The season for making premature judgments in sports is summer.
The time between spring and fall practice in college football creates too big a gap to fill with logic, and the dog days drag on with idle chatter.
Over the next three days, Rivals.com will break down the current recruiting classes by jumping to sweeping conclusions seven-plus months before National Signing Day.
Today looks at which programs are best meeting their recruiting needs, Wednesday will take the other side and focus on programs that have yet to add key commitments, and Thursday will be a breakdown of which programs atop the team rankings have staying power and which are lurking in the shadows but poised to make a run.
Head coach Mark Stoops and his staff are doing a tremendous job with recruiting, The Wildcats have been sitting atop the SEC rankings for nearly a full week -- and they spent several days atop the national rankings.
This space is not a citation for the cumulative ranking, but it is recognition for checking the boxes that the program needed -- which is the true goal of recruiting and the measurement of classes.
In March, it was clear that the program had a laundry list of linebacker, offensive line, Drew Barker and playmakers for the quarterback.
The class of 2013 did not bring a single linebacker, and entering July there are four pledged to be headed to Lexington. Huber Heights (Ohio) Wayne inside linebacker Dorian Hendrix and Olney (Md.) Good Counsel outside linebacker Kobie Walker are high three-star players, and they are joined by Lyman (Fla.) Longwood prospect Nico Firios and depth-building Brenham (Texas) Blinn Community College athlete Ryan Flannigan.
There is work to do on the offensive line, but Derrick Kelly of Havana (Fla.) East Garden and Jarrett LaRubbio from Liberty Township (Ohio) Lakota East have given verbal commitments and are expected to be joined by two more linemen.
It wasn't that the program just needed a quarterback to build around. It needed Barker, the signal caller from Burlington (Ky.) Conner. After Kentucky nearly lost out on him during the Joker Phillips regime, Stoops made an immediate impact with Barker and convinced him to join this class and begin recruiting other player.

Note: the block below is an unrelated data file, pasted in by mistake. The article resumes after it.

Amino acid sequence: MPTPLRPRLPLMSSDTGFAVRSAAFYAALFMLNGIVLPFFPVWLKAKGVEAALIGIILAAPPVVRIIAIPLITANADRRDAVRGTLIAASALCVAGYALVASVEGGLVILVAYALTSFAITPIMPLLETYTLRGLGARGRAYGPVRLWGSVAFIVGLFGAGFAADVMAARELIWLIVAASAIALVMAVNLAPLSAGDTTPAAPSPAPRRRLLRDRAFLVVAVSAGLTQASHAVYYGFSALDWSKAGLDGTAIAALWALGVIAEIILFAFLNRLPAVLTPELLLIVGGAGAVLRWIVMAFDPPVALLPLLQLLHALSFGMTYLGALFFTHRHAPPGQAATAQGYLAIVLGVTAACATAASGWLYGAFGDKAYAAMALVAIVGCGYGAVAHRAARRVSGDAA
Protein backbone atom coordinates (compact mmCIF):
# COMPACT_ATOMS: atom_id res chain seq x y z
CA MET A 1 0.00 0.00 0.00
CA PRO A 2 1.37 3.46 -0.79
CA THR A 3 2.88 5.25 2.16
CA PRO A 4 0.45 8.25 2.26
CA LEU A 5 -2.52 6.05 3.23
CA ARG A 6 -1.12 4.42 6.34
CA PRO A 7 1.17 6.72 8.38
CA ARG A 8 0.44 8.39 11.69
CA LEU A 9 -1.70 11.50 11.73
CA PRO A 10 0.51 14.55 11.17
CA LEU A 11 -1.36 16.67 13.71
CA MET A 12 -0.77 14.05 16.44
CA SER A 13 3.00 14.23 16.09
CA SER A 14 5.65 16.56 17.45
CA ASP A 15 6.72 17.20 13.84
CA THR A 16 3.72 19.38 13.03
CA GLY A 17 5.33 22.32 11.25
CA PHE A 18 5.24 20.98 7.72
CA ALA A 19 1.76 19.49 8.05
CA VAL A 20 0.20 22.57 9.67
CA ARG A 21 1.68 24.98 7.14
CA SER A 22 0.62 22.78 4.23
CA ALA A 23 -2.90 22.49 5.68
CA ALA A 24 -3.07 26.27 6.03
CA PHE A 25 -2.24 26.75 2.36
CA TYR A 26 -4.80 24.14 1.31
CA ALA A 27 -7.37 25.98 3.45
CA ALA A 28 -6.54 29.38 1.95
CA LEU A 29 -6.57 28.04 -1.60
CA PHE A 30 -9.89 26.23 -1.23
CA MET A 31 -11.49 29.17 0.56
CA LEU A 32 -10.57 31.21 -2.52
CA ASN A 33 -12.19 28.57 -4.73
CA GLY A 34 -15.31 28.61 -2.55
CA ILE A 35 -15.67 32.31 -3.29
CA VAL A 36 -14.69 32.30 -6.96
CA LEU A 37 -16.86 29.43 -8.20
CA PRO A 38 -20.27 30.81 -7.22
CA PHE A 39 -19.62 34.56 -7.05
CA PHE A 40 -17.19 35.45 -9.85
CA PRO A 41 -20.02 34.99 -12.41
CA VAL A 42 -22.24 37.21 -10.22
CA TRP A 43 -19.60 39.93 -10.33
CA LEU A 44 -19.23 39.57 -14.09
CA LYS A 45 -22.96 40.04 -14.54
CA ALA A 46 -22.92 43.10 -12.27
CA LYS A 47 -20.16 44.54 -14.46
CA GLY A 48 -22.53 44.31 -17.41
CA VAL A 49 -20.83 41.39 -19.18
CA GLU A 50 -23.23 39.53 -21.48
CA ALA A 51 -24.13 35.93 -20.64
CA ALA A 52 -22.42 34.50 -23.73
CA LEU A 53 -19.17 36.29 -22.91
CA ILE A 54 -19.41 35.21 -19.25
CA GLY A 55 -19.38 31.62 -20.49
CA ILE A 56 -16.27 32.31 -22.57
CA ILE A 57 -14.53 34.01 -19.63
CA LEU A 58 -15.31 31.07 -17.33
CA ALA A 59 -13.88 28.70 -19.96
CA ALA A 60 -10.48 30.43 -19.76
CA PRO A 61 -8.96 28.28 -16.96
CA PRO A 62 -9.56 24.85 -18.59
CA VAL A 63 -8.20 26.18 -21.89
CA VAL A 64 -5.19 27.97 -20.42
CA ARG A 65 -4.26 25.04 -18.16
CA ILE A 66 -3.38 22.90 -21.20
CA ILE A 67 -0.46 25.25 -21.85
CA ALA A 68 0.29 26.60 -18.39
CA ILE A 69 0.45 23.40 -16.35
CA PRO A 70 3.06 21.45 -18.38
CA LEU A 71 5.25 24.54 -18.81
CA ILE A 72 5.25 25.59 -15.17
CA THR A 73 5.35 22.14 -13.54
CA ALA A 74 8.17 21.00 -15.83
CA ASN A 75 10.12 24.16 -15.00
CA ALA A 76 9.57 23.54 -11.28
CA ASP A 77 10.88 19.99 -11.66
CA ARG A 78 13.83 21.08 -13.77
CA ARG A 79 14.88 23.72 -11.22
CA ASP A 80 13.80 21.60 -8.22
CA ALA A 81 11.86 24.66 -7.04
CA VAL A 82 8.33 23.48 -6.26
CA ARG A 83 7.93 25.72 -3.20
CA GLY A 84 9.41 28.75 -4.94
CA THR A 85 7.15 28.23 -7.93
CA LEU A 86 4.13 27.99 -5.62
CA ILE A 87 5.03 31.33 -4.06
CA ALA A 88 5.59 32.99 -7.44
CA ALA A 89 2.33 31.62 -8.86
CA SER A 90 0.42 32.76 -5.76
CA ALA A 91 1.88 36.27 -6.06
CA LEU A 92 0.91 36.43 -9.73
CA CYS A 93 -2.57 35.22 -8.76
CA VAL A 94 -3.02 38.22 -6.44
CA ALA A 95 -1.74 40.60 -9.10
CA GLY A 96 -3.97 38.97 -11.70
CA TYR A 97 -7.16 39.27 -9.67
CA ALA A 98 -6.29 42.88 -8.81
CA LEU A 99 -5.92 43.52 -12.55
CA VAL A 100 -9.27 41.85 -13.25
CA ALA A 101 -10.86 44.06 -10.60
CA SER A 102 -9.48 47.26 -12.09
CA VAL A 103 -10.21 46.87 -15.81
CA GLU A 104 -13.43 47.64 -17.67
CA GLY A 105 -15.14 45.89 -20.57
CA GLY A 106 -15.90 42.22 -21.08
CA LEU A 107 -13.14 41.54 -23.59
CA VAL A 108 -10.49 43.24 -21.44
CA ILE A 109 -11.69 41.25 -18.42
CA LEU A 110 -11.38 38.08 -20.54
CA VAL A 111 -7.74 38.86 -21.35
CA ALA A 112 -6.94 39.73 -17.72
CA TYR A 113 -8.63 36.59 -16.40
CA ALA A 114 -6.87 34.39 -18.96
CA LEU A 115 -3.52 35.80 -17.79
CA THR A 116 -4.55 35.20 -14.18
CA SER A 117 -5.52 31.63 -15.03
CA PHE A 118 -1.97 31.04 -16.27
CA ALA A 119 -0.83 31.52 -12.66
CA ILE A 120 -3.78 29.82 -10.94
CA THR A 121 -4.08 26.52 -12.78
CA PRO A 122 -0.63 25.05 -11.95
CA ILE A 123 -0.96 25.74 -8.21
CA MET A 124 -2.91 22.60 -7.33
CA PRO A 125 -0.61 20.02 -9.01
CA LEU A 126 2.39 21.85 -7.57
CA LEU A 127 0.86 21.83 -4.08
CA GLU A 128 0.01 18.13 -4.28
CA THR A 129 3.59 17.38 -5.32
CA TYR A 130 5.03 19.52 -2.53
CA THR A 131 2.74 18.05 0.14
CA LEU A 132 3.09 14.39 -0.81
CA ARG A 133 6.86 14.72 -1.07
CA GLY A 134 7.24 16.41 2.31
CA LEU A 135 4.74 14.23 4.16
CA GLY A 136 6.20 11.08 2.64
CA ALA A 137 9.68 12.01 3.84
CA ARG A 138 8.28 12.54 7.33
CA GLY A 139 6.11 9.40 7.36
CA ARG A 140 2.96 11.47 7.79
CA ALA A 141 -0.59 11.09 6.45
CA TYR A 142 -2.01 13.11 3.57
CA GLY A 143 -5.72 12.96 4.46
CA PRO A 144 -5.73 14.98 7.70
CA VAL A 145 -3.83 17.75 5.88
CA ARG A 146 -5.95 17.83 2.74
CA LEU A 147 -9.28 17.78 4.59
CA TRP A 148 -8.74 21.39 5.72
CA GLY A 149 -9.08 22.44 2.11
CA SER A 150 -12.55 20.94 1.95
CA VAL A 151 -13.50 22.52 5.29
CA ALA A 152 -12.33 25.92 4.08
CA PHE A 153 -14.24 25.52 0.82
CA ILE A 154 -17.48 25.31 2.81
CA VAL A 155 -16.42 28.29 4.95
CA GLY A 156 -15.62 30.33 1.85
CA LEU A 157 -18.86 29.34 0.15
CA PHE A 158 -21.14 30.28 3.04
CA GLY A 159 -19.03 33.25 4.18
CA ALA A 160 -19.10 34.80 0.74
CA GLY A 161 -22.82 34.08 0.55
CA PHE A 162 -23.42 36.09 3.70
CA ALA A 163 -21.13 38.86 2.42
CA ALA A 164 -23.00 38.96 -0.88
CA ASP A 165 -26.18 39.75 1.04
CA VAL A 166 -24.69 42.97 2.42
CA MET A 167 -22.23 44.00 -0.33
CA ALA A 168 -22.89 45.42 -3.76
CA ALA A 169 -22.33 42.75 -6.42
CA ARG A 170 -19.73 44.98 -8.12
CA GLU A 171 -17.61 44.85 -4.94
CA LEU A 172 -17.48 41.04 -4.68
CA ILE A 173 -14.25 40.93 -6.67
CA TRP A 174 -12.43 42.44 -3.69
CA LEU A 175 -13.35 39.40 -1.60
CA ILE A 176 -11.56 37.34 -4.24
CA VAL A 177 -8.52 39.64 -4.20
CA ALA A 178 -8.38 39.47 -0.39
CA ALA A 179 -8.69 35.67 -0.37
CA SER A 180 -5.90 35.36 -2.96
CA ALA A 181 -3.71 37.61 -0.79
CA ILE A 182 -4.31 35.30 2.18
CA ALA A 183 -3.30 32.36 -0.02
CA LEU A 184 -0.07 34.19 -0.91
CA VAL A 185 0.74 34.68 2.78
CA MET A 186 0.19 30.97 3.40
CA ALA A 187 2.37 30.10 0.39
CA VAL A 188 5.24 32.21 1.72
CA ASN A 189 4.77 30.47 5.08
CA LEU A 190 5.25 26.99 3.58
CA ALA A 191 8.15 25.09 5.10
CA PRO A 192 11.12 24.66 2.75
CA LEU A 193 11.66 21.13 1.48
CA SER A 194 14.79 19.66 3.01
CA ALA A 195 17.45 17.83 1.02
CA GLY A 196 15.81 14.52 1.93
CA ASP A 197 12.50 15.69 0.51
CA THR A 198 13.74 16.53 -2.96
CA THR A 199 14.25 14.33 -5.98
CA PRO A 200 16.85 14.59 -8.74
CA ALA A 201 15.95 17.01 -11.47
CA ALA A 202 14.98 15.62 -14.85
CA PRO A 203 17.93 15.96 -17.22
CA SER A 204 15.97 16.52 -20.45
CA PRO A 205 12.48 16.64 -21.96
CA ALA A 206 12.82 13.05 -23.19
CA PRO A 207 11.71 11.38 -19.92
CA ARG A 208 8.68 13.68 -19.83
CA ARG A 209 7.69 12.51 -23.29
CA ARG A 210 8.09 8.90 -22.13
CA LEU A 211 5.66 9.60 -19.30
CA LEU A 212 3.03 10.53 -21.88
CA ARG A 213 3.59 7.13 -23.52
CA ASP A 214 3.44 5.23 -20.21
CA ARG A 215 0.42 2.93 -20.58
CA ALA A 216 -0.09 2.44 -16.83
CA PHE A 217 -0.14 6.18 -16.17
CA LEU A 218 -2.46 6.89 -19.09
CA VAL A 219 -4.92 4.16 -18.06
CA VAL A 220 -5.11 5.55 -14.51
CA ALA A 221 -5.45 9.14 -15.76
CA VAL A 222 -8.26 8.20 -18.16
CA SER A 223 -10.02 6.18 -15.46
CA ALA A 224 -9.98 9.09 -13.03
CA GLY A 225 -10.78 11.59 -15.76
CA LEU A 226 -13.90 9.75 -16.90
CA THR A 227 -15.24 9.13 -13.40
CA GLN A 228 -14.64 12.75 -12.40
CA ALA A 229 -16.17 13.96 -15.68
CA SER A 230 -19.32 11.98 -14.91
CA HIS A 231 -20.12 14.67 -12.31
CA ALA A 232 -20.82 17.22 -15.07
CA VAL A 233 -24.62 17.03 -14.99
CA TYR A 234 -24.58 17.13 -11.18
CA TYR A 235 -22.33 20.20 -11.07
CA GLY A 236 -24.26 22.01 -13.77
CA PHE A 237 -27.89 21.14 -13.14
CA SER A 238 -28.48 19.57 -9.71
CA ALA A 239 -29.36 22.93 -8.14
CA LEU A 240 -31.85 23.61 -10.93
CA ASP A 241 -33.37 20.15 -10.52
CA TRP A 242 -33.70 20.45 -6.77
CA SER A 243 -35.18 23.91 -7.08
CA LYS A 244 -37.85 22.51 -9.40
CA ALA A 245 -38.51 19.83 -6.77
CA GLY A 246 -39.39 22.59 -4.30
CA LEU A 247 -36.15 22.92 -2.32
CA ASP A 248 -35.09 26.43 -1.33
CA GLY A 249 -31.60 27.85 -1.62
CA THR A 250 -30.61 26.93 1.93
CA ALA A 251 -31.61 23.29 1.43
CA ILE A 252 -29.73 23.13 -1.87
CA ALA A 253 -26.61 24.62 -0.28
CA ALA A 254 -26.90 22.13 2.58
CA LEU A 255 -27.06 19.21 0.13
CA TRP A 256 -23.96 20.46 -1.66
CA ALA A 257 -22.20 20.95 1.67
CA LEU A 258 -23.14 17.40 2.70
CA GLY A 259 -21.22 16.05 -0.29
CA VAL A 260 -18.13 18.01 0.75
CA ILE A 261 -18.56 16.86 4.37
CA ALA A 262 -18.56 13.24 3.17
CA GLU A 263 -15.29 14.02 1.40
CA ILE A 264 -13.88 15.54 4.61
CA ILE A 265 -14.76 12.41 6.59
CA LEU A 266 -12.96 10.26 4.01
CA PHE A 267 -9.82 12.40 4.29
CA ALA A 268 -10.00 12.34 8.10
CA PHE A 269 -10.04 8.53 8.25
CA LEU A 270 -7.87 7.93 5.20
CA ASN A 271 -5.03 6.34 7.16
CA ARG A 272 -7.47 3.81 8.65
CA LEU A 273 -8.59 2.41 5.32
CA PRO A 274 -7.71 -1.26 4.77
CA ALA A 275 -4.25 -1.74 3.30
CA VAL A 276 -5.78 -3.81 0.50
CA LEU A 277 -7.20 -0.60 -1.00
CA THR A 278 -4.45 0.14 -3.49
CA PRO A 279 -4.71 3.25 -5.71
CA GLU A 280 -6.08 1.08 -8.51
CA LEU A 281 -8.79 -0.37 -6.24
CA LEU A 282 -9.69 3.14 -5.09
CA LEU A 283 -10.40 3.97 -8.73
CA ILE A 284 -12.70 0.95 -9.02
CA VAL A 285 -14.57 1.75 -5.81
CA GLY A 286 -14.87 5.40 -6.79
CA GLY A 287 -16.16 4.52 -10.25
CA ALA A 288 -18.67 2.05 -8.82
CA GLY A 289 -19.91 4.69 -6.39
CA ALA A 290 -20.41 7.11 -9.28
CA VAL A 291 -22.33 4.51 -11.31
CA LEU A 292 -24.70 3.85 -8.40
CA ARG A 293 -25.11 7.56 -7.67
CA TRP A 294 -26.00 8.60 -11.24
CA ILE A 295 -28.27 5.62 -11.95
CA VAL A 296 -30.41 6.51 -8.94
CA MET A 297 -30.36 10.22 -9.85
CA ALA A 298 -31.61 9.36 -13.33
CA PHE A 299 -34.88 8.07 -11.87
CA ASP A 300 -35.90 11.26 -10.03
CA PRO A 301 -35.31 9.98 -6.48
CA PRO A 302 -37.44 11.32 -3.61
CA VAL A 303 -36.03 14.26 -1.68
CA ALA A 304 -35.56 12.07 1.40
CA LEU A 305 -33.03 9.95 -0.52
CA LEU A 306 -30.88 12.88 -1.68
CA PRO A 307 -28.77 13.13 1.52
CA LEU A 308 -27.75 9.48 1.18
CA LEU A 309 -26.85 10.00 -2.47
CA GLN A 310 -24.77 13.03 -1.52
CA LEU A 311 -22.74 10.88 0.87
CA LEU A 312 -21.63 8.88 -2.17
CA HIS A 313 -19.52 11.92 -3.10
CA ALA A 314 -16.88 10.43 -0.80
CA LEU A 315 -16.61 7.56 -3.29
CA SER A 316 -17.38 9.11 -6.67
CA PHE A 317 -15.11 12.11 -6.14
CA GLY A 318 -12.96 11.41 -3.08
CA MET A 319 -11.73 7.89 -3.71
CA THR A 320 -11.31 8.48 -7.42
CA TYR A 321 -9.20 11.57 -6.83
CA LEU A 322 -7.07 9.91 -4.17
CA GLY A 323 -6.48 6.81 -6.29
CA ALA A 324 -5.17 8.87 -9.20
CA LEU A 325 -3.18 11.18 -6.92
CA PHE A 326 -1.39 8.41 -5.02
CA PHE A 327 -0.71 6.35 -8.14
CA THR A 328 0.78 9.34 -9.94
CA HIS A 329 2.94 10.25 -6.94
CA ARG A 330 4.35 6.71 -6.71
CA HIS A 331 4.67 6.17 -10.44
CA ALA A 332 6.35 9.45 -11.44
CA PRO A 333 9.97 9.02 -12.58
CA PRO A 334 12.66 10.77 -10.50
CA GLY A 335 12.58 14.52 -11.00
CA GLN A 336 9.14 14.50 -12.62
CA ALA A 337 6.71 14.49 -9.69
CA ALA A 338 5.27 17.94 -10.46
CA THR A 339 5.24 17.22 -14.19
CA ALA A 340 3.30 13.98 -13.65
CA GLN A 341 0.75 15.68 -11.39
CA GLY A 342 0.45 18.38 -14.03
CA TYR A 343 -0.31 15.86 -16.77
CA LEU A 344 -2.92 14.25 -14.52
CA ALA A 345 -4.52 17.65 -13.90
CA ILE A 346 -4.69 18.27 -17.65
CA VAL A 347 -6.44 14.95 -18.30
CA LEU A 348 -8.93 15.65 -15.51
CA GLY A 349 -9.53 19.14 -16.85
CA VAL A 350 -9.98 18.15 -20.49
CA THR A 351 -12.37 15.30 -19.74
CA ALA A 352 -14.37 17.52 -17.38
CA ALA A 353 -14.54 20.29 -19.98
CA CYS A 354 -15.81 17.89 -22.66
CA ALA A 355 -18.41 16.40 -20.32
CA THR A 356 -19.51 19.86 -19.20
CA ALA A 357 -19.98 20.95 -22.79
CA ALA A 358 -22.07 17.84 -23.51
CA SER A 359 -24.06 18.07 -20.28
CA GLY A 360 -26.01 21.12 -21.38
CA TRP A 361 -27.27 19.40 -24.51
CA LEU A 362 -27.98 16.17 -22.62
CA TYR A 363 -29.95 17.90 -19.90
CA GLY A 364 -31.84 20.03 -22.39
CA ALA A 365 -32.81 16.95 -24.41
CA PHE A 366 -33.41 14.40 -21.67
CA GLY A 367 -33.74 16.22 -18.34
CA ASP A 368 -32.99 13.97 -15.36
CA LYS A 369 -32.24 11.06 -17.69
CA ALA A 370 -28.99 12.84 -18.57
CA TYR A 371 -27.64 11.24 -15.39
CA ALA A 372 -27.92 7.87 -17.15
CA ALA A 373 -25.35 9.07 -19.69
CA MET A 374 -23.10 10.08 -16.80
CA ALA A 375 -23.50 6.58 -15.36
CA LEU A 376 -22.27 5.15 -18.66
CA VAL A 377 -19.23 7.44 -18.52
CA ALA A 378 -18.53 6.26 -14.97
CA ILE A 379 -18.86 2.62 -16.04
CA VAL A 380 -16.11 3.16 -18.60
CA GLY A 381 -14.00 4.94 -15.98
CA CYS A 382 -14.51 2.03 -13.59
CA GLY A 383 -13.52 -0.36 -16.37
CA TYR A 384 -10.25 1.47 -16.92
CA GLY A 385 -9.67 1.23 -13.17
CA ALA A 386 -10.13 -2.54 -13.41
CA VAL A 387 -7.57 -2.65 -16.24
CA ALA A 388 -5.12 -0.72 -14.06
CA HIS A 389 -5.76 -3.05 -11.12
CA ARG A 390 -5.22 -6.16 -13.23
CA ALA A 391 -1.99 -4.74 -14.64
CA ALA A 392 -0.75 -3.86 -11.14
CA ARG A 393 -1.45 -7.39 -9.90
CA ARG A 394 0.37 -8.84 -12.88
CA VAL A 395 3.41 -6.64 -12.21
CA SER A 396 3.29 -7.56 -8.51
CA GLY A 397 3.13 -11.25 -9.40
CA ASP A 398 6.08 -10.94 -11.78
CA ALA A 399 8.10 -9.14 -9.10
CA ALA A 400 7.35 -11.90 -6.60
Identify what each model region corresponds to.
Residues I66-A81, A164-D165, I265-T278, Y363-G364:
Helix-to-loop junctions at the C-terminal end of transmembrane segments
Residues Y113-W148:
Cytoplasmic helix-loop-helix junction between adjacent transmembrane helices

Rivals.com national analyst Mike Farrell has been amazed by the transformation.
"They are selling an exciting offense, and they are getting kids to buy in," Farrell said. "From a pure perception stance, a lot of the kids who have committed had offers from better programs but the vision and the offense that can be implemented at Kentucky have people wanting to go there."
Completing the class are the players who are ready to play alongside Barker.
Kentucky has commitments from four-star receiver Thaddeus Snodgrass from Springfield (Ohio) High and a pair of four-star running backs in bruising Mikel Horton of West Chester (Ohio) Lakota West and the No. 1 all-purpose runner from Bethlehem (Ga.) George Walton Academy, Stanley Williams.
The class headlines those that are getting the job done, but from June to February is a long time to keep the wheels from falling off.
Farrell said he believes the message from Stoops to the recruits will remain consistent.
"The staff has to be relaying the message that the improvement begins with this group," he said. "It is the best way to make sure that this class stays together: temper the expectations so that a 3-9 or 4-8 record doesn't make the kids bolt.
"It has been absolutely ridiculous seeing what is happening at Kentucky -- not only in filling the needs but filling them with quality kids."
What it needed in '14: Clemson was slated to be looking for impact playmakers -- the type who come to the school with some competition from many other programs. With the impending departure of quarterback Tajh Boyd, a replacement of equal parts accuracy and athleticism is a key to the class. The next step is finding players who can ease the loss of Sammy Watkins and DeAndre Hopkins. Once all of those things were figured out, the expectation was that coach Dabo Swinney would be looking at a tight end and a couple of linebackers.
What has happened to date: The commitment from Gainesville (Ga.) High dual-threat quarterback prospect Deshaun Watson has stuck -- although it has been the subject of plenty of rumors and recruiting battles -- and he is still in the fold. Tyrone (Ga.) Sandy Creek receiver Demarre Kitt is probably more Hopkins than Watkins -- if he is either Clemson fans would be thrilled --and the four-star player is one of the most coveted in the Southeast. The program also added a pair of four-star running backs in Adam Choice of Thomasville (Ga.) Thomas County Central and Jae'lon Oglesby from Central (S.C.) D.W. Daniel. Completing the needs are a pair of tight ends highlighted by four-star Milan Richard of Savannah (Ga.) Calvary Baptist and a trio of linebackers with four-star Buford (Ga.) High prospect Korie Rogers leading the way.